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Google Cloud Platform Introduces Deep Learning Containers

Google Cloud Platform Introduces Deep Learning Containers

The Google Cloud Platform has an exciting new solution to offer developers searching for machine learning functionality in a box. The arrival of Deep Learning Containers, or "DLC", as Google calls it, will give developers the chance to run an immediate environment for machine learning, either in a remote or local location. What's more, the Google Cloud Deep Learning Containers have also been pre-configured to run on popular frameworks like PyTorch and even Google's TensorFlow. 

The Deep Learning Containers are available to purchase alongside the existing Deep Learning VMs in the Google portfolio. These are the GCP's range of Debian-based disk images that come equipped with access to NVIDIA GPUs for the management of machine learning frameworks. There are currently 14 of those VM images available, including Intel MKL with CUDA, Tensorflow, and PyTorch - the machine learning library for Python. However, some of the images currently available from Google are still advertised as "Experimental." 

Right now, users can access up to 20 deep learning container images, including PyTorch, TensorFlow, R, and more, with access to GPU and CPU options depending on your needs. Other DLC options will be on the horizon.


Machine Learning in a Box with Google


According to the latest update from Google, the company is working on making sure that it has feature parity with all of the Deep Learning VM types on the market. One intriguing thing about this solution for today's developers is that you don't necessarily need to spend a lot of money to start using the ML images locally. Instead, each image available from Google today is established within a Python3 environment. There's also access to selected ML libraries and a Jupyter server which can run on an automated basis. 

For those interested in accessing the Deep Learning Containers, you'll need to decide whether you want to use a GPU or CPU option, and you'll have to invest in making sure you have a working docker setup available, with access to a CUDA 10 GPU and an NVIDIA docker. This will ensure that you can run with acceleration functionality through the CUDA NVIDIA computing platform. Once you've installed your GCloud SDK, you'll be able to pull the image that you'd like to run into the system and get started. 

One point to note, however, is that the images can be quite large, with the PyTorch image weighing in at about 8GB and TensorFlow offering about 6GB. There's also access available for Jupyter - the open source interactive tool for sharing and managing code, visualizations in ML, and text. This offering has quickly emerged as a standard in the data science community.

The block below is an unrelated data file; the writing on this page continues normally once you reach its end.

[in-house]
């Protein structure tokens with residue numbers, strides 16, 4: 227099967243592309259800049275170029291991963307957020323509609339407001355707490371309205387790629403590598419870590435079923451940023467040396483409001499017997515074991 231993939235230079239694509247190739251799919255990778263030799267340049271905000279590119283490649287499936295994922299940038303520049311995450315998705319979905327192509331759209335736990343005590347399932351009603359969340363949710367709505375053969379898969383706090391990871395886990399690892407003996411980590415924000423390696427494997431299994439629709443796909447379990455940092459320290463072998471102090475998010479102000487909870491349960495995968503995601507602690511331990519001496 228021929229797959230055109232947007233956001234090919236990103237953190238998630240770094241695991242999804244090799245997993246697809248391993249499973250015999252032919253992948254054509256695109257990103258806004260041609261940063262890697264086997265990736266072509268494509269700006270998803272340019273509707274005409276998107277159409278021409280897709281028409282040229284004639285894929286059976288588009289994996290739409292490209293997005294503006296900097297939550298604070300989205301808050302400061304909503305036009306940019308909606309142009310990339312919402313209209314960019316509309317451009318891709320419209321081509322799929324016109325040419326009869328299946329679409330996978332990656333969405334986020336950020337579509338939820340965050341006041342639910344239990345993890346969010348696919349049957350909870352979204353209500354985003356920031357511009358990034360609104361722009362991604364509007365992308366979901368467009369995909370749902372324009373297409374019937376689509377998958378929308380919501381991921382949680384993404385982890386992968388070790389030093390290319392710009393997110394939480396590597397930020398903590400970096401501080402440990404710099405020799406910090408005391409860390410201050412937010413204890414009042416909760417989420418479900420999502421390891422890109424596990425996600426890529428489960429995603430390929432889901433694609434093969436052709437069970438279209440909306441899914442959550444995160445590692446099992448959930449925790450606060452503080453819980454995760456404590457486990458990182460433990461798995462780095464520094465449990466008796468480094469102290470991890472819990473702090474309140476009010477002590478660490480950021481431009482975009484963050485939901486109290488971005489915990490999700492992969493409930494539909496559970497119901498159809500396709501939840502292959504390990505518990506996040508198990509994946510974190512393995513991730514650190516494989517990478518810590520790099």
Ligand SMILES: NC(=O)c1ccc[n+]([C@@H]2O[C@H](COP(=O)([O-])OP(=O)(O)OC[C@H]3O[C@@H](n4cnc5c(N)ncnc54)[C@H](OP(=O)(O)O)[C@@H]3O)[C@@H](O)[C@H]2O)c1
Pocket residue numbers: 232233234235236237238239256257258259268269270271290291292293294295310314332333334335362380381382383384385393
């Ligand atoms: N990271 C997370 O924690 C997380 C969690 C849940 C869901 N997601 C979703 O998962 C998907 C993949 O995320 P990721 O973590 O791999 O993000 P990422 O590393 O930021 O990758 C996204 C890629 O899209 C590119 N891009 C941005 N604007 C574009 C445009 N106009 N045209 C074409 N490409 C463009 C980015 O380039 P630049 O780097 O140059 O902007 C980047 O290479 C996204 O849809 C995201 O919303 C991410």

Google hopes, however, that developers today will want to have access to a beefier and stronger machine than they can get from a local offering. With the DLC solution, modern companies will have the scale and freedom to customise their container according to their individual needs, which could allow them to include their own python packages, upload information to the GCP container registry, and deploy them to GCP using one of various options available for container management. For instance, you might choose Cloud Run for serverless performance or the Google Kubernetes engine. You'll also be able to deploy to AI platform notebook instances too, which you can manage your AI through a Jupyter managed Notebook service. 


Integration with Google Services is Also Available


It probably won't surprise you to learn that the functionality offered by the DLC solution from Google also comes with integration to other Google services. You can access CloudProc, BigQuery, and Cloud DataFlow for your machine learning needs. The container-focused approach and the option to begin running locally means that deep learning containers offer a simple way into the GCP environment for those interested in machine learning. 

Microsoft and Amazon Web Services have been experimenting with their own machine learning options for a while now. However, Google is hoping that the simple offering in the GCP, combined with affinity in the Kubernetes environment, will provide a more appealing alternative to today's customers. 

If you're interested in finding out more about creating derivative containers that you can deploy and manage with the Google cloud, you can learn about the new beta offering here